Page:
Orthodontic treatment in young children is known as interceptive orthodontics, and it can begin as early as age 6 or 7. At this age, teeth are still developing and the jaw is still growing. That means certain conditions, such as crowding, may be easier to address.
It is important to note that early treatment does not apply to all orthodontic problems; however, it may help in certain cases. Two conditions that require early intervention are cross bites and protruding front teeth. A cross bite can cause the jaws to grow unevenly. Front teeth that stick out may be fractured or injured in an accident, such as a fall.
Early intervention takes advantage of the fact that a child's jaw is still growing. Early treatment also may be useful when the dental arches and jaws are not in the correct position. Functional appliances may fix or improve these problems. More treatment usually is needed later on, but it may be shorter and less involved.
Kids braces have improved a lot in the past couple of decades. Technology has made them more comfortable and more attractive than the braces most parents remember wearing. They’re also more affordable, meaning many more children have them.
Good dental hygiene is crucial for kids with braces and other dental appliances. Three to four times per day, have your child rinse with water to loosen food that might be caught in the braces, then brush thoroughly. Each night before bed, have your child floss their teeth and then rinse with a fluoride rinse to help keep the teeth strong and healthy.
Once per day, you should also help your child floss, which helps loosen food debris and plaque at and under the gum line that would otherwise harden into tartar. It can also help reach the nooks and crannies in the teeth that might be difficult to reach with a toothbrush. Flossing with braces can be difficult, but you can use many options to help ensure the gums stay healthy. Talk to your child’s orthodontist or dentist for oral care recommendations.
Every six months, take your child to the dentist for a cleaning and a check-up. The dentist can point out areas that need more attention, and help make sure you're keeping your child’s teeth healthy and clean in and around the braces. Often, your dentist or hygienist can suggest helpful tools or ideas to keep your child's teeth healthy while the braces are on.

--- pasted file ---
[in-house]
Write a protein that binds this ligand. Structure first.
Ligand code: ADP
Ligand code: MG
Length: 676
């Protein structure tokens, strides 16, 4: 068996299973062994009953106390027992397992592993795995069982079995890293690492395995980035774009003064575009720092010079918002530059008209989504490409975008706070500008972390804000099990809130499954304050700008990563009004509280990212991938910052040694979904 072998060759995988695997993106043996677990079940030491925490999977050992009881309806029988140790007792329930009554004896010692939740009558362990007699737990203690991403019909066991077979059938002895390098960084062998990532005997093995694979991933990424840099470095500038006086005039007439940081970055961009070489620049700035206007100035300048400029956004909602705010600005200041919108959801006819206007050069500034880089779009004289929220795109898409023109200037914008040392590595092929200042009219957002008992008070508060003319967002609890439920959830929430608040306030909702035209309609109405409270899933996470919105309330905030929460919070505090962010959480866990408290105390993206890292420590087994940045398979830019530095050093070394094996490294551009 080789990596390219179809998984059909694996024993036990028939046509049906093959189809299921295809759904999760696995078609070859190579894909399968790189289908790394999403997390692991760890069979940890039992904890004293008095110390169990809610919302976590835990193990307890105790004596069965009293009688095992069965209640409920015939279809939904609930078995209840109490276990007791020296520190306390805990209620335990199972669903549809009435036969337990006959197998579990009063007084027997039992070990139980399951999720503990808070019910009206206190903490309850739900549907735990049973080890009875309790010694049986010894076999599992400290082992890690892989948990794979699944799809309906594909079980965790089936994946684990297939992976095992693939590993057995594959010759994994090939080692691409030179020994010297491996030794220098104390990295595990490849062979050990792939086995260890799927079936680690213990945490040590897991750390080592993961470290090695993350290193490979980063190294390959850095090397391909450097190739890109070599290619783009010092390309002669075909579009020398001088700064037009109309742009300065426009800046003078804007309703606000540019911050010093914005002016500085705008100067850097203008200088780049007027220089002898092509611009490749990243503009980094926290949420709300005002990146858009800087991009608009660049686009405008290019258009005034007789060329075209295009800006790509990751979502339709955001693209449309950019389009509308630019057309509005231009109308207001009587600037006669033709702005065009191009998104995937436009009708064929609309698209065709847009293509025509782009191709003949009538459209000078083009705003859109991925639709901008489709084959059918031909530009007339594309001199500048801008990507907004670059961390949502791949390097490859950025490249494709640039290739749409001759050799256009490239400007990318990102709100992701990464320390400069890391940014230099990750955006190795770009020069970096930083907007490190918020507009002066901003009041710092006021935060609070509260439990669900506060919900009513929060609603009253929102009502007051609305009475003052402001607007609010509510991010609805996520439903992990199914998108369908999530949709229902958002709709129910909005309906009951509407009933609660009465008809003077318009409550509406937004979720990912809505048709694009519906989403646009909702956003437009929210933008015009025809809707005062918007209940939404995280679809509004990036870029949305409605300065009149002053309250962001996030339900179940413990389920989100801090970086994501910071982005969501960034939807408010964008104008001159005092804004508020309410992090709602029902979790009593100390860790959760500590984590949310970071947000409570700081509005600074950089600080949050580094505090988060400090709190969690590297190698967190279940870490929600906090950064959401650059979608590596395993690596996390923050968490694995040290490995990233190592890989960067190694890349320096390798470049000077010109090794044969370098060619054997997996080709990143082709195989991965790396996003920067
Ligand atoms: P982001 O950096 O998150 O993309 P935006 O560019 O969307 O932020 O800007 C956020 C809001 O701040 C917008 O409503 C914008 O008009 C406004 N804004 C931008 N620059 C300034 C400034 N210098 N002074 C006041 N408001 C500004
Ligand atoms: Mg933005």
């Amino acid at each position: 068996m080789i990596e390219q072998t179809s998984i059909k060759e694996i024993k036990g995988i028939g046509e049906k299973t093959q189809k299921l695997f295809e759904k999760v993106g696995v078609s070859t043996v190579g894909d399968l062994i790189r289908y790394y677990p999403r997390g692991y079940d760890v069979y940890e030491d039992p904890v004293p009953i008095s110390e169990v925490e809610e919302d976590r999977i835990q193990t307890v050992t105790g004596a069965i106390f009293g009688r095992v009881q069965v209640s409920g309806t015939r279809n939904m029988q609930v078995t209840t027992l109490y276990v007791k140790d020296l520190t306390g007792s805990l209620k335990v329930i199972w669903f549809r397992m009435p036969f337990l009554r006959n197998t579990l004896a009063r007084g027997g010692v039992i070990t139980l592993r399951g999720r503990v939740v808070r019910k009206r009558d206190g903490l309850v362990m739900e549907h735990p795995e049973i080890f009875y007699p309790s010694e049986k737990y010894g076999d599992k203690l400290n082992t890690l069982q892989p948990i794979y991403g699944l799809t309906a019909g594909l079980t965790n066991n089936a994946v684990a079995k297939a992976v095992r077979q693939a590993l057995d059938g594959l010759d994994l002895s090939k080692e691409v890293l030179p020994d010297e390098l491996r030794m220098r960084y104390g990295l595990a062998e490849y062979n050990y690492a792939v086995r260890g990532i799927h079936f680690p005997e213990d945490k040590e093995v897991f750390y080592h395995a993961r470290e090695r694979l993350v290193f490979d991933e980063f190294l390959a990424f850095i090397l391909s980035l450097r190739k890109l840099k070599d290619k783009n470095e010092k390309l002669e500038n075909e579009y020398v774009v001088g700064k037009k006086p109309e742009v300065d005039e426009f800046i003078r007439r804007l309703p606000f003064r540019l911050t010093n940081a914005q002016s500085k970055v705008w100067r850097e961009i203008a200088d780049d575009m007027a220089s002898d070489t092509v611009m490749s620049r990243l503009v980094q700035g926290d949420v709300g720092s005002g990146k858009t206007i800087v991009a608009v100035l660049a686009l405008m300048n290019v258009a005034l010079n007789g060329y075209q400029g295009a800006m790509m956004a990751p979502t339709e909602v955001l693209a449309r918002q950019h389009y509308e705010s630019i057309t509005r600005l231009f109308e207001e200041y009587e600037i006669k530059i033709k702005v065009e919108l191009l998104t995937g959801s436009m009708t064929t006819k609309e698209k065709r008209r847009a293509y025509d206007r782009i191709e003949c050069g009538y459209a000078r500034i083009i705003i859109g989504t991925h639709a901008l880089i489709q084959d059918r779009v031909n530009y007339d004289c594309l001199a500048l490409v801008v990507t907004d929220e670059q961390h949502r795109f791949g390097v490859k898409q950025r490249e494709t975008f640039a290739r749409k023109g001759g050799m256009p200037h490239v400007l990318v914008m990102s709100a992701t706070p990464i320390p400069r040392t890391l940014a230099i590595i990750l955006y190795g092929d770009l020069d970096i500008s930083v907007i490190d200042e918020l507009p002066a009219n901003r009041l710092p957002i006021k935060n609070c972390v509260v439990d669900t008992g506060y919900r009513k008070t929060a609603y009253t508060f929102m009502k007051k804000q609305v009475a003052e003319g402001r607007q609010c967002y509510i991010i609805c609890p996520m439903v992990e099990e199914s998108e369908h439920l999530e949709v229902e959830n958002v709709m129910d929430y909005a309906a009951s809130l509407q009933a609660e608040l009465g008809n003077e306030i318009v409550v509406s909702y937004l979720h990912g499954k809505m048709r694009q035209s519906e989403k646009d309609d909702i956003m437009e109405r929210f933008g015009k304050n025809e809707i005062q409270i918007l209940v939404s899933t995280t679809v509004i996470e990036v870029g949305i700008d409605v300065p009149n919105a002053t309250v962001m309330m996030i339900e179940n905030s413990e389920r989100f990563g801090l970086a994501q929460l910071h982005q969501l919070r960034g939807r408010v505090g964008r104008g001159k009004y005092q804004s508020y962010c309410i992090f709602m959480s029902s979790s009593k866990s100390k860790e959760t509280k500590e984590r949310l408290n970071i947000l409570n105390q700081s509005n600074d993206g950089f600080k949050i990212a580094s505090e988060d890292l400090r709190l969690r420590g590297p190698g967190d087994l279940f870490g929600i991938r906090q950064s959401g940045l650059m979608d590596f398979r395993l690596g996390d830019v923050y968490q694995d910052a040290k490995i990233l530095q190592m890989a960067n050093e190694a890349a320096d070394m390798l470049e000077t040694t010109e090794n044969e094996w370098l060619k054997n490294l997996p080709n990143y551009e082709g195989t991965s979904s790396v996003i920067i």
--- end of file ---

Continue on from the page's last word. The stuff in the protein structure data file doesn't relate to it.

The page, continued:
Although treatment plans are customized for each patient, most wear their braces from one to three years, depending on the oral care issues that need correcting. This is followed by a period of wearing a "retainer," which holds teeth in their new positions. Although a little discomfort is expected during treatment, today's braces are more comfortable than ever before.
A palatal expander may be used to expand the child's upper dental arch so there is more room for teeth to grow in, thus reducing crowding in the mouth. The procedure involves the installation of the appliance. It consists of two pieces of plastic attached to both sides of the upper molars, and an expansion screw. When the expansion screw is turned, the device pushes the two sides away from each other, thus gradually widening the jaw and making room for the child’s adult teeth. Once the arch is the proper size, there's a better chance that the adult teeth will come in in a better position.
Space maintainers are another example of an early intervention technique. When a child loses a tooth prematurely, as a result of decay or injury, the other teeth can shift to fill the vacant space. As a preventative measure, a dentist can place a space maintainer to hold the space until the permanent tooth comes in. Space maintainers can be a band or a temporary crown, which is attached to the vacant space. When the permanent tooth begins to emerge the dentist will remove the space maintainer. This procedure may eliminate the need for further or more intensive orthodontics in the future.